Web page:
There is no such thing as a regulation that talks about logbook flexibility but every driver that has ever used paper logs understands the flexibility that comes with paper logs.
Years ago before ELD was ever invented the mega carriers main focus on log book rules was that the logbook was filled out correctly. Most drivers got paid per mile like it is today. To make more money you must drive more miles. This practice encouraged creativity with the 14-hour logbook rule.
All of the big carrier companies I remember equipped their trucks with speed limiters to a max speed of 65mph. This would mean the most number of miles you could log in an 11-hour drive period was 715 miles. Logging this way became a common practice for many drivers but realistically this number of miles would be very unlikely achieved. Ripping a page out of a paper logbook and starting the log over gave the driver flexibility to get a little more on down the road.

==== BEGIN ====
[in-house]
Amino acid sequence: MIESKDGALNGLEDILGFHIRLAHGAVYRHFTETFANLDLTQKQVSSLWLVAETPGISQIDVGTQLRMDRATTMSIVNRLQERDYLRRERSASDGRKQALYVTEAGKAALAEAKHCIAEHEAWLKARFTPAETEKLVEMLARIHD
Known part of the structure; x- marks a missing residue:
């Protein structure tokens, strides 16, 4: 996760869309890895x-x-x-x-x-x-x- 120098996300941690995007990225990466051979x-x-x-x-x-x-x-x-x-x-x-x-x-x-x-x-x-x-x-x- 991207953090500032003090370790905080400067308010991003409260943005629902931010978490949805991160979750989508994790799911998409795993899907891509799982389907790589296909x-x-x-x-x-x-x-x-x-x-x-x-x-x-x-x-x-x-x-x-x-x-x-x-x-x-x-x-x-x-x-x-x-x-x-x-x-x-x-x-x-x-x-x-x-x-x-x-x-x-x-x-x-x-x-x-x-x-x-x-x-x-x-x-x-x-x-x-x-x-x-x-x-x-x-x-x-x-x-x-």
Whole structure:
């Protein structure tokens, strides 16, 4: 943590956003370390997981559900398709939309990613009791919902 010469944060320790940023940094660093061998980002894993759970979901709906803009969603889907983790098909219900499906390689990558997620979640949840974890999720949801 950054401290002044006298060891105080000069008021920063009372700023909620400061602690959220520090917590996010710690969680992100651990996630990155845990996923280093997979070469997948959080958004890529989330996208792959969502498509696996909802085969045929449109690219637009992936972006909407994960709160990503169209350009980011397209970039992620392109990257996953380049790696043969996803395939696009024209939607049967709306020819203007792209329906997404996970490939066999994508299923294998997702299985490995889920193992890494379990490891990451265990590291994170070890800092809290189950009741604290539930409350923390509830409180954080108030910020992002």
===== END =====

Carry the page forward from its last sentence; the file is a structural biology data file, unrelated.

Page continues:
Many of the big carriers had rules that you have to at least log 30 minutes for loading or unloading. Detention at these places does not start until after 2 hours of waiting this is because often it takes this long to load or unload. Lying on a logbook about how long it really took to get loaded or offloaded could easily turn 4 or more wasted hours of sitting to just only one hour. This is another one of those moments that the paper log provided the flexibility of just ripping the page out and start over.
Nowadays most of the drivers left running paper logs are owner-operators getting loads from brokers off of load boards. These folks are business owners that will save the day and do whatever it takes to do so in hopes to create a good working relationship and maintain a good business name with on-time delivery. The flexibility of the paper log is only days away from coming to an end. Will owner-operators still be the ones that save the day?